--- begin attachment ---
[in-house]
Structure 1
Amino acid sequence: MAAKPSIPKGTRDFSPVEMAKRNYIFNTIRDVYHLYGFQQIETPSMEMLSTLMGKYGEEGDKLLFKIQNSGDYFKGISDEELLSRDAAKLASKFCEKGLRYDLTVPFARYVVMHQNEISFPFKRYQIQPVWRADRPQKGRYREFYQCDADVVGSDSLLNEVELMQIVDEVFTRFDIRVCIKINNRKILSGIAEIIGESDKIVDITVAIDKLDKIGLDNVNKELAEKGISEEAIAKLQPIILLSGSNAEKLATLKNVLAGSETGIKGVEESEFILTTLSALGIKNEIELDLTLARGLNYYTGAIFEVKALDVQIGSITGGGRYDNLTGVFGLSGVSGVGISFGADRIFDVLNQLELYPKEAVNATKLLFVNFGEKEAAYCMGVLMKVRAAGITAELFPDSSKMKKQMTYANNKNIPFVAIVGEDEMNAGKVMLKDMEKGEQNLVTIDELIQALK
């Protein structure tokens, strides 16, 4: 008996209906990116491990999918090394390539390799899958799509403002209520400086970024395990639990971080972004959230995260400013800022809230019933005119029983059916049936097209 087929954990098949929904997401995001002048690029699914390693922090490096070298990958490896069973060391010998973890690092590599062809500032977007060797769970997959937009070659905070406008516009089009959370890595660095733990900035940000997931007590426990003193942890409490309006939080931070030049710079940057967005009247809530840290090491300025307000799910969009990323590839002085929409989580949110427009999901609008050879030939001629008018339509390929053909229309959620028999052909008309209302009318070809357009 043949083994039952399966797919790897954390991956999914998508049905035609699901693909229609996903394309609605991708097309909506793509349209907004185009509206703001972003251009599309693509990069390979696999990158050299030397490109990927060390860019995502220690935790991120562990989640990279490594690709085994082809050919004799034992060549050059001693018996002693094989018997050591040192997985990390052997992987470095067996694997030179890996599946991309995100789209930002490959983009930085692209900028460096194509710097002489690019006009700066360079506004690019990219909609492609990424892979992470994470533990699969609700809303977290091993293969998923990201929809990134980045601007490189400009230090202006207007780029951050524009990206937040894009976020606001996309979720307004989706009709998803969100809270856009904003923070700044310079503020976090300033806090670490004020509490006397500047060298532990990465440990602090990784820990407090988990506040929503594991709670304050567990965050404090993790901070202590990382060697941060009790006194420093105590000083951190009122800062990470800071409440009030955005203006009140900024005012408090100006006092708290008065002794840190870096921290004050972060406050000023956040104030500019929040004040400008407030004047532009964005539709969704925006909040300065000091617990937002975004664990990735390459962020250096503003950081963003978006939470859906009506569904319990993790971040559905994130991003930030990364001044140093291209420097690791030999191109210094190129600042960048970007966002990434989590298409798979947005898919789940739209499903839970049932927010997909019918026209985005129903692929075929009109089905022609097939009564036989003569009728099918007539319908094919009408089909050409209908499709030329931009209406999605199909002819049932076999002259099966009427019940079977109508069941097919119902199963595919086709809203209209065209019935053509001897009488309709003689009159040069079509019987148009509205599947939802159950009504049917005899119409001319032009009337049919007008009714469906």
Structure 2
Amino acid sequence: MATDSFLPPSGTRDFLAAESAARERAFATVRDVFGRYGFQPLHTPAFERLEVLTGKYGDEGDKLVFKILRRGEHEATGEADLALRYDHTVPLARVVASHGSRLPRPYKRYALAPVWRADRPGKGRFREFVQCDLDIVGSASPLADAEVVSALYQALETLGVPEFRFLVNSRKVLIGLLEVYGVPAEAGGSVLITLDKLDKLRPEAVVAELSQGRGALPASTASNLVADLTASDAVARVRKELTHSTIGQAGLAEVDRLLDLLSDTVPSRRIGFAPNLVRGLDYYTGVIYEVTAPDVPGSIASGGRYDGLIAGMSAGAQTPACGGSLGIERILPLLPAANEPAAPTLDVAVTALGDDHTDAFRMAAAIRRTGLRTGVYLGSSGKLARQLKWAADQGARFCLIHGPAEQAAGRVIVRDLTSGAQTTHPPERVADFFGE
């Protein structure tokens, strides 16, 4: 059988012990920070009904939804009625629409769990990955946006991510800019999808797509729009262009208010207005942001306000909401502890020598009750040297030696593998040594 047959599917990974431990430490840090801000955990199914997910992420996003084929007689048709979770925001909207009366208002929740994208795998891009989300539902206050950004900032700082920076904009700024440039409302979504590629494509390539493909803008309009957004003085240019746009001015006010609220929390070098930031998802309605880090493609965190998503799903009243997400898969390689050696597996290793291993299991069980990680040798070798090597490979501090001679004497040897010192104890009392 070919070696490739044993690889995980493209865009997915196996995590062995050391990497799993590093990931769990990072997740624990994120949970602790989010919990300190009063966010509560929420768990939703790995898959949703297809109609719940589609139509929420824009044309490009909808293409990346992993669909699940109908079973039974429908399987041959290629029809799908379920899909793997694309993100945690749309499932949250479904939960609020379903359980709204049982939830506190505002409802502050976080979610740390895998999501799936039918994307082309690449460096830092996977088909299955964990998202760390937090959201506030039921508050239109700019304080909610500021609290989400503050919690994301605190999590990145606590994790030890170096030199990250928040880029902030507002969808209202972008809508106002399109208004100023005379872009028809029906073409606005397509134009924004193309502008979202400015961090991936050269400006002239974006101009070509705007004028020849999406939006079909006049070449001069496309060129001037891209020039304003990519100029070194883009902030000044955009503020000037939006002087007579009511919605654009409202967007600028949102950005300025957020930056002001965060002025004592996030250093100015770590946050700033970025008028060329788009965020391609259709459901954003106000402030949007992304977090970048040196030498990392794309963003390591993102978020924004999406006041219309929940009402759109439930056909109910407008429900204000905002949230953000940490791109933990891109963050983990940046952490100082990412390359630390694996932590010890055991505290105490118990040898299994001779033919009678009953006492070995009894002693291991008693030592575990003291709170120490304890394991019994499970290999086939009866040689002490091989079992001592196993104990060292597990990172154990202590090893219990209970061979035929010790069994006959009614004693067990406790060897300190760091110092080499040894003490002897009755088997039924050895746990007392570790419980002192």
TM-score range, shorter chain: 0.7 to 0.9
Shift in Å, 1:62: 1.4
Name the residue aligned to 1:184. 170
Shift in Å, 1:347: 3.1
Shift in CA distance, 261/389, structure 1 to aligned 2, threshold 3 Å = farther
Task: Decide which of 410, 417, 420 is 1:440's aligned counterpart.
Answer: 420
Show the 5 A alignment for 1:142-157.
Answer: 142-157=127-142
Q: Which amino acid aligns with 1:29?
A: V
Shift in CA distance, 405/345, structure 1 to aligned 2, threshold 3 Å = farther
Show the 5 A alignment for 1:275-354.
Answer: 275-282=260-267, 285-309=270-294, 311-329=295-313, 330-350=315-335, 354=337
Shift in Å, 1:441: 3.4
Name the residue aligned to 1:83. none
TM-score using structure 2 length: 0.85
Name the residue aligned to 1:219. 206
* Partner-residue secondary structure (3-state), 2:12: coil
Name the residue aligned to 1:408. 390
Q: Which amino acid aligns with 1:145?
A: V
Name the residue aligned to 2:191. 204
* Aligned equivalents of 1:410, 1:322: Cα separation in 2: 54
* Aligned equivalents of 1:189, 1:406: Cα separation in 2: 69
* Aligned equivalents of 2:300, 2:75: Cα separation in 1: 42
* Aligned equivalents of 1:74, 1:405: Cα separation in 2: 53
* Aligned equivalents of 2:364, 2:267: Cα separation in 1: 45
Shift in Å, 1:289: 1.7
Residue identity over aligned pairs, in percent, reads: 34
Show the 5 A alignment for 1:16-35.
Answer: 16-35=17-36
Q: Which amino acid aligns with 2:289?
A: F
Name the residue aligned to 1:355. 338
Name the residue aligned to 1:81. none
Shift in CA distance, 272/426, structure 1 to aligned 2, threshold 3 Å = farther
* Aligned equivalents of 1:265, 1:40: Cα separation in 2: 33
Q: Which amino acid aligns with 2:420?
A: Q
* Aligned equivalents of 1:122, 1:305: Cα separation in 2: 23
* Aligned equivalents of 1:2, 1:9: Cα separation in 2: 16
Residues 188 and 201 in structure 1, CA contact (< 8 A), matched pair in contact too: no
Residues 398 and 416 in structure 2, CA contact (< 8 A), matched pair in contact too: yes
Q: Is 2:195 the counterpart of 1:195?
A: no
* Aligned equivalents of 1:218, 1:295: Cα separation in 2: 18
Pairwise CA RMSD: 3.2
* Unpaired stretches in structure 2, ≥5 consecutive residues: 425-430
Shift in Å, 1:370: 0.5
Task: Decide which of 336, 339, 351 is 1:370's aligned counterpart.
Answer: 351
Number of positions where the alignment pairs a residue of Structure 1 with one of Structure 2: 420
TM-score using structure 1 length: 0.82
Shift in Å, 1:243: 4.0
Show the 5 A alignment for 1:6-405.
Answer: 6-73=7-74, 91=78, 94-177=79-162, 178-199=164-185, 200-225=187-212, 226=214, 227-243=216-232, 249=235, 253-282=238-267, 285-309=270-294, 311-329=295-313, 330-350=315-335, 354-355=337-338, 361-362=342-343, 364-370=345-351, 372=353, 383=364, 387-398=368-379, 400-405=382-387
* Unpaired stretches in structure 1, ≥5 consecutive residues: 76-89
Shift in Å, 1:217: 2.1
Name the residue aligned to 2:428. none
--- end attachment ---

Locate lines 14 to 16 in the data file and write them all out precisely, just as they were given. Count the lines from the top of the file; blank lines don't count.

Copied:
Answer: 420
Show the 5 A alignment for 1:142-157.
Answer: 142-157=127-142